I begin with the article which explains the term, xinguanren. Then, I shift to the perspective of an anonymous blogger. The rest of the translations that follow are an attempt to understand and explicate this blogger’s complaint. In digging into the layered strata of permits and fees, there are parts that will test any reader’s patience with the minutiae of details, but I wanted to provide as much of a whole as I could.

My comments between articles are prefaced by “konjaku”.

The Expression “New Dongguaner” (xinguanren) Manifests the Spirit of Dongguan City that “a Hundred Rivers Make up One Sea.”

2007-04-14 Dongguan Sun Net

Yesterday the new appellation for “non-native workers” went through final deliberations and was decided to be “New Dongguaner.” The transformation of this term will allow both the city residents and the staff of the many business enterprises in Dongguan to feel a sense of elation. With this appellation everyone will be able to manifest the warm and cordial spirit that “a hundred rivers make up one sea.”

More than a few factory workers have expressed discomfort at the previous term for them, “non-native workers,” feeling it contained a certain bias against outsiders. The New Dongguaner Mr Li said, “In the past, it seems that you people of Dongguan also came here from some other area, whether originally as migrant laborers or not. But no one called you ‘non-native workers.’ Why should it be any different for us?”

Although what has changed is just a word, this alteration expresses not only the government’s concern for migrant laborers, but also the concepts of “harmony” “openness” and “striving for compatibility” that are inherent in the new development phase of our city. As Associate Professor Lin Juying at the Municipal Communist Party school said, “This is actually a conceptual transformation, which demonstrates the rationality in the Dongguan people’s manner of doing things. By welcoming people of ability from different regions in this manner, we build ourselves up all together.”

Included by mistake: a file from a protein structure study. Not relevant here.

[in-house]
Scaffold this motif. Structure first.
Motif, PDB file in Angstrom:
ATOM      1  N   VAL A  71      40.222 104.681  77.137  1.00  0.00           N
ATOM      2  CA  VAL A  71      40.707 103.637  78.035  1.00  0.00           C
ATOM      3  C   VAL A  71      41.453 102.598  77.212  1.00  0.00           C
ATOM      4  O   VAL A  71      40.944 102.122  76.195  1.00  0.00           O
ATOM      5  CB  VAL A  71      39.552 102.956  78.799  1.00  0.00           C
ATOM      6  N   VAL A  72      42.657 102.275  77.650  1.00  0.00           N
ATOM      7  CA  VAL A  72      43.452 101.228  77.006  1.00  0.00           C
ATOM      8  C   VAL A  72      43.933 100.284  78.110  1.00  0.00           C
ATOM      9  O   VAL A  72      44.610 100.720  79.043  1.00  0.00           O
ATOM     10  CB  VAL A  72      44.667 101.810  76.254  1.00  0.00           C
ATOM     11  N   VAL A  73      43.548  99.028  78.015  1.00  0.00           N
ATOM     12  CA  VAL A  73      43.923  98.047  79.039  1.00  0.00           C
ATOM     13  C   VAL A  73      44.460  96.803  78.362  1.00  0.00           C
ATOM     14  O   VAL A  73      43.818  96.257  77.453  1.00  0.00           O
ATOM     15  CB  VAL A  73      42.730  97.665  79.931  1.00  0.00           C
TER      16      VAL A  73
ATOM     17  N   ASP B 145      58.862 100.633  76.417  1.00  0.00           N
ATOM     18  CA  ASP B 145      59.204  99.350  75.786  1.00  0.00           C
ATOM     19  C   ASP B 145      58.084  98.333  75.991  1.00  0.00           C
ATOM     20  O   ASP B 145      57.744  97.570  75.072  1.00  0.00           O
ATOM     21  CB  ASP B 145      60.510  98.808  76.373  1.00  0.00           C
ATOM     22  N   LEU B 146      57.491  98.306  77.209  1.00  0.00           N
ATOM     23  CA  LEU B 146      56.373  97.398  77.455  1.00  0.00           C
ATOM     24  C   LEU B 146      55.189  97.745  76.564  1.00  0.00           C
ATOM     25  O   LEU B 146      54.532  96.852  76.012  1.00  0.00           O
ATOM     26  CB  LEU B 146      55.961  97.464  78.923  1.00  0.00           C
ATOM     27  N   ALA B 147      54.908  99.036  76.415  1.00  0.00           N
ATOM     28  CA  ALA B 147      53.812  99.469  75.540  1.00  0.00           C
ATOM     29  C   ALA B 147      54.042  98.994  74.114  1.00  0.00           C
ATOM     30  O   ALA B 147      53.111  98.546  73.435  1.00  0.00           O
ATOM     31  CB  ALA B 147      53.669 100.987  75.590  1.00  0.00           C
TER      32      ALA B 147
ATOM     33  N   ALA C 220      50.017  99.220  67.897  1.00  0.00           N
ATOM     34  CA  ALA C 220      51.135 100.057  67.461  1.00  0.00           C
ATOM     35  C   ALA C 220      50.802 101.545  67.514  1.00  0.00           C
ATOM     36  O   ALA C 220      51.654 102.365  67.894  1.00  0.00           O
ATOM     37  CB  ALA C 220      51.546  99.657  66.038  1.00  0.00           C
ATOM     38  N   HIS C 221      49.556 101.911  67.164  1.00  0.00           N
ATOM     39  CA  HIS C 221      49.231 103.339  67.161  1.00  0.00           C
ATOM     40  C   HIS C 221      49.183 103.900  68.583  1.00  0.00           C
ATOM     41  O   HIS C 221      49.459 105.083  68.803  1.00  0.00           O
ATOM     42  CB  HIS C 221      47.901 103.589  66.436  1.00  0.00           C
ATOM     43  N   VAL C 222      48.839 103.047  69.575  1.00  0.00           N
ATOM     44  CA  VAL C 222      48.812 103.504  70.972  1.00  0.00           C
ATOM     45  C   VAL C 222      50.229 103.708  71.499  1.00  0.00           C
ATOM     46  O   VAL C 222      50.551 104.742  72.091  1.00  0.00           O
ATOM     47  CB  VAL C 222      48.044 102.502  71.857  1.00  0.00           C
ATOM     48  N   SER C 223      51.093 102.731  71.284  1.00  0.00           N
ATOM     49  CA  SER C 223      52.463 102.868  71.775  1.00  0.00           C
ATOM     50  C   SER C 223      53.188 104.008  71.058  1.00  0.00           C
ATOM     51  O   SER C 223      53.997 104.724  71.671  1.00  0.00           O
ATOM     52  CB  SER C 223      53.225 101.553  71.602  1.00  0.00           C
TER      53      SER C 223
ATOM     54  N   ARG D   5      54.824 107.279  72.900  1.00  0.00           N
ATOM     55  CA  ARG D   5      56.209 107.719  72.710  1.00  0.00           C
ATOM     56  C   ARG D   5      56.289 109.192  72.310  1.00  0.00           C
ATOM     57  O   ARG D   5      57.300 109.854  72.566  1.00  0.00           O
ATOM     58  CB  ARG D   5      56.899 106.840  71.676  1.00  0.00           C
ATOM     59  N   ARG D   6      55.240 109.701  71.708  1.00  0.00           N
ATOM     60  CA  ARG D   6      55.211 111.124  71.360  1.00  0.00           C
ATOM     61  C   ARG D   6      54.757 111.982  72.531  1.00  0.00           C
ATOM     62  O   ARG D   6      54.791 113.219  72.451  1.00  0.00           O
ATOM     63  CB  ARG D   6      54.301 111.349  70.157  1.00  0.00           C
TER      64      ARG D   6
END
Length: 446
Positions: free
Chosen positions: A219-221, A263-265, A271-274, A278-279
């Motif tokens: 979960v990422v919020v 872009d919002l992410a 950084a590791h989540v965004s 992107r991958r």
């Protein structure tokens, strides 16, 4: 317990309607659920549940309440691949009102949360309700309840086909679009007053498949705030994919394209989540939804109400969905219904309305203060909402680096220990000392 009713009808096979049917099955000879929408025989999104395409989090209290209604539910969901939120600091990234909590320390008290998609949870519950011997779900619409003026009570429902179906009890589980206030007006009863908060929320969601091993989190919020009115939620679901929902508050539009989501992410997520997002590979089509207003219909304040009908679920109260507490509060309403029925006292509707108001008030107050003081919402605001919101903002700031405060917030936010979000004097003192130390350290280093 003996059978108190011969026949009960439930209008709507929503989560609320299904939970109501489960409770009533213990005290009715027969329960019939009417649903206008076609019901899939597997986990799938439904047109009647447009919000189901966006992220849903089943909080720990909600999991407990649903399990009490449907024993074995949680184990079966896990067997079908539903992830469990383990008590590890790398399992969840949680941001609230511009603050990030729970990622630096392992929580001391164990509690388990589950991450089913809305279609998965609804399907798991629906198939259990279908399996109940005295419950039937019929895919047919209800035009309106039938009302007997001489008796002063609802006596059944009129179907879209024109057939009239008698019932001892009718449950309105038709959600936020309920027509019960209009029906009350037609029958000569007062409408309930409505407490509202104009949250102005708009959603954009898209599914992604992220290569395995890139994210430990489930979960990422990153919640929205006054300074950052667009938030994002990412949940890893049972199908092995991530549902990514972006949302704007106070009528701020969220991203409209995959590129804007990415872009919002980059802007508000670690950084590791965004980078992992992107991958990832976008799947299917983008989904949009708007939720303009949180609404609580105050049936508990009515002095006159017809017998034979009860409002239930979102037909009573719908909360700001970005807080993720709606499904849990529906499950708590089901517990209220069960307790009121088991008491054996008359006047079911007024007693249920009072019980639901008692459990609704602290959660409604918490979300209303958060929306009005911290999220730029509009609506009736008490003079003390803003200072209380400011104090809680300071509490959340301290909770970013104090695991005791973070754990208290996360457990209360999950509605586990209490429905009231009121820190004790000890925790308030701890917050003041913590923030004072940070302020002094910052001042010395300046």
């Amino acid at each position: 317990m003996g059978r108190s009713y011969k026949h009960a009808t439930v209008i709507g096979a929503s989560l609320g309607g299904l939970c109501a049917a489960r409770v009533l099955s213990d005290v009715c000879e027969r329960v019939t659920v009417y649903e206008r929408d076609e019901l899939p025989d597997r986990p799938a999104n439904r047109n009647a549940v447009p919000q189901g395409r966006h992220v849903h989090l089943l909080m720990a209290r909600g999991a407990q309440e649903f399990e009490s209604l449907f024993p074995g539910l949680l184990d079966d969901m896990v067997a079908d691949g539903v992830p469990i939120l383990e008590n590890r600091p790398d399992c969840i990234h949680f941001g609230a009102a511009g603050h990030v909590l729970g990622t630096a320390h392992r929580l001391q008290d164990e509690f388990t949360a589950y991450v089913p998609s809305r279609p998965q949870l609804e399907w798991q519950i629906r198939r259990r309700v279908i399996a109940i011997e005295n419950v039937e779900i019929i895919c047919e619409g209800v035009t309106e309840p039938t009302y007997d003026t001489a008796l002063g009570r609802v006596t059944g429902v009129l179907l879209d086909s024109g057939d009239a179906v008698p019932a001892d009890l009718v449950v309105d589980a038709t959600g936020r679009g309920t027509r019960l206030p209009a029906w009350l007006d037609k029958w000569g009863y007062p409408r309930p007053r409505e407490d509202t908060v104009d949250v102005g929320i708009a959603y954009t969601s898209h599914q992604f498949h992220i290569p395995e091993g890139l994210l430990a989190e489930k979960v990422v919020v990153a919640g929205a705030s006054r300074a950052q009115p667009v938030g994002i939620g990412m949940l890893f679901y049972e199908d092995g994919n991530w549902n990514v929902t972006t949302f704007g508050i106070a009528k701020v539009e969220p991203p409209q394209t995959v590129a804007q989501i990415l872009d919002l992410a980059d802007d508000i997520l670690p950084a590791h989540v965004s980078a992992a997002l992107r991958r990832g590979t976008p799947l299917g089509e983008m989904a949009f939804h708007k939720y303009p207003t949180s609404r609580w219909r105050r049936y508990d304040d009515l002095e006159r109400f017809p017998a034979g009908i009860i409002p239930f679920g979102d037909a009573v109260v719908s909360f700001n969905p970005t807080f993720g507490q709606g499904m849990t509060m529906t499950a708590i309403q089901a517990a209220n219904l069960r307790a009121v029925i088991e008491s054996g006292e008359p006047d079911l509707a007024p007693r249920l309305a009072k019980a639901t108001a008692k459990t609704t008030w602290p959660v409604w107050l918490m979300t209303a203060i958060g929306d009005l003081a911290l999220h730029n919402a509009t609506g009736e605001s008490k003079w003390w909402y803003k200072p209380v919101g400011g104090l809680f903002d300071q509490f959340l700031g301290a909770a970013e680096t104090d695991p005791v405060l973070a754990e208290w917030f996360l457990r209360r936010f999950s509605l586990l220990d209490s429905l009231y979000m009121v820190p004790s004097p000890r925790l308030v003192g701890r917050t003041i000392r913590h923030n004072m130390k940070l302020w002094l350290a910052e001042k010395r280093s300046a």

The Communist Party School Provost Zhao Weihua said, This change to “New Dongguaners” shows our meeting of minds with the migrant workers. With this, we can further enliven the enthusiasm and initiative of these workers in their work here in Dongguan.”

It goes without saying that we all hope that from this glorious new beginning, that the ongoing reform and continuing establishment of Dongguan will reach perfection.

Editor: Mai Zhenxi


konjaku: Now for a bloggers perspective:

The blogger posted a photo of a printed notice. I translate the text of the notice, followed by the blogger’s comments.

Procedure to Obtain Temporary Residence Permit

A notice from the Shipai town branch office of Dongguan city states that those workers who do not complete the procedures to obtain a Temporary Residence Permit by 2009-09-10, will be subject to a fine levied by the Public Security office. For the individual 50 yuan, for the organization that employs them, 500 yuan, for a total of 550 yuan. Every migrant worker should act with all possible speed to obtain the permit according to the following requirements:

1. Before 2009-09-05, they must appear at a processing office with a completed request form, a copy of an identity card, and two color photographs.

2. For each individual the fee to process the permit is 30 yuan. The cost will be deducted from the worker’s September wage payment from the employer.

3. If a worker fails to obtain the permit and is discovered by Public Security, the responsibility falls on the worker alone. The employer bears no responsibility. The entire amount of 550 yuan will be withheld from the worker’s salary.